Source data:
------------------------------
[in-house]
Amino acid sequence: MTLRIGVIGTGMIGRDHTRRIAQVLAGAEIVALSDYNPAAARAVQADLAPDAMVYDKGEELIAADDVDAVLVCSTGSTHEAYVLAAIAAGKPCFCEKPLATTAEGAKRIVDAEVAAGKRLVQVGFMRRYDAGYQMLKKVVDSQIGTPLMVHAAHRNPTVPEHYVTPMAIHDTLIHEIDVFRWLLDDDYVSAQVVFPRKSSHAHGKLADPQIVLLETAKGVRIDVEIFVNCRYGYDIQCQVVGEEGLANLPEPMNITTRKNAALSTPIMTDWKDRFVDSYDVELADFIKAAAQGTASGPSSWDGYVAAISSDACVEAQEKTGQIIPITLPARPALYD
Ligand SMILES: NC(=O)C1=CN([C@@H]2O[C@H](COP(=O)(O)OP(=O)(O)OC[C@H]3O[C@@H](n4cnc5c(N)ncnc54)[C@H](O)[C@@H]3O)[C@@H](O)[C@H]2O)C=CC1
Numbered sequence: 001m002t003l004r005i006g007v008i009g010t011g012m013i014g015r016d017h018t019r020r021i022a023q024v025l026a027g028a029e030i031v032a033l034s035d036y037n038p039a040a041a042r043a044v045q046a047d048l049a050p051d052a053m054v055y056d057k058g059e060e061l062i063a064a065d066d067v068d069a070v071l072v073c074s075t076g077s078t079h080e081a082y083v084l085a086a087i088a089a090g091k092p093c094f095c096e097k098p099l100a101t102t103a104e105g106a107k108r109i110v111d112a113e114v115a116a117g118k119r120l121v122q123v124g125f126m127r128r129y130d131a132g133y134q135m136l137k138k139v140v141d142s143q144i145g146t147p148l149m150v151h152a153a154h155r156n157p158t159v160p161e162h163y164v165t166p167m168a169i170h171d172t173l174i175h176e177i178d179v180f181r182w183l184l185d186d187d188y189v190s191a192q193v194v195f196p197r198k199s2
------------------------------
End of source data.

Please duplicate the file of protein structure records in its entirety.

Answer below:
[in-house]
Amino acid sequence: MTLRIGVIGTGMIGRDHTRRIAQVLAGAEIVALSDYNPAAARAVQADLAPDAMVYDKGEELIAADDVDAVLVCSTGSTHEAYVLAAIAAGKPCFCEKPLATTAEGAKRIVDAEVAAGKRLVQVGFMRRYDAGYQMLKKVVDSQIGTPLMVHAAHRNPTVPEHYVTPMAIHDTLIHEIDVFRWLLDDDYVSAQVVFPRKSSHAHGKLADPQIVLLETAKGVRIDVEIFVNCRYGYDIQCQVVGEEGLANLPEPMNITTRKNAALSTPIMTDWKDRFVDSYDVELADFIKAAAQGTASGPSSWDGYVAAISSDACVEAQEKTGQIIPITLPARPALYD
Ligand SMILES: NC(=O)C1=CN([C@@H]2O[C@H](COP(=O)(O)OP(=O)(O)OC[C@H]3O[C@@H](n4cnc5c(N)ncnc54)[C@H](O)[C@@H]3O)[C@@H](O)[C@H]2O)C=CC1
Numbered sequence: 001m002t003l004r005i006g007v008i009g010t011g012m013i014g015r016d017h018t019r020r021i022a023q024v025l026a027g028a029e030i031v032a033l034s035d036y037n038p039a040a041a042r043a044v045q046a047d048l049a050p051d052a053m054v055y056d057k058g059e060e061l062i063a064a065d066d067v068d069a070v071l072v073c074s075t076g077s078t079h080e081a082y083v084l085a086a087i088a089a090g091k092p093c094f095c096e097k098p099l100a101t102t103a104e105g106a107k108r109i110v111d112a113e114v115a116a117g118k119r120l121v122q123v124g125f126m127r128r129y130d131a132g133y134q135m136l137k138k139v140v141d142s143q144i145g146t147p148l149m150v151h152a153a154h155r156n157p158t159v160p161e162h163y164v165t166p167m168a169i170h171d172t173l174i175h176e177i178d179v180f181r182w183l184l185d186d187d188y189v190s191a192q193v194v195f196p197r198k199s2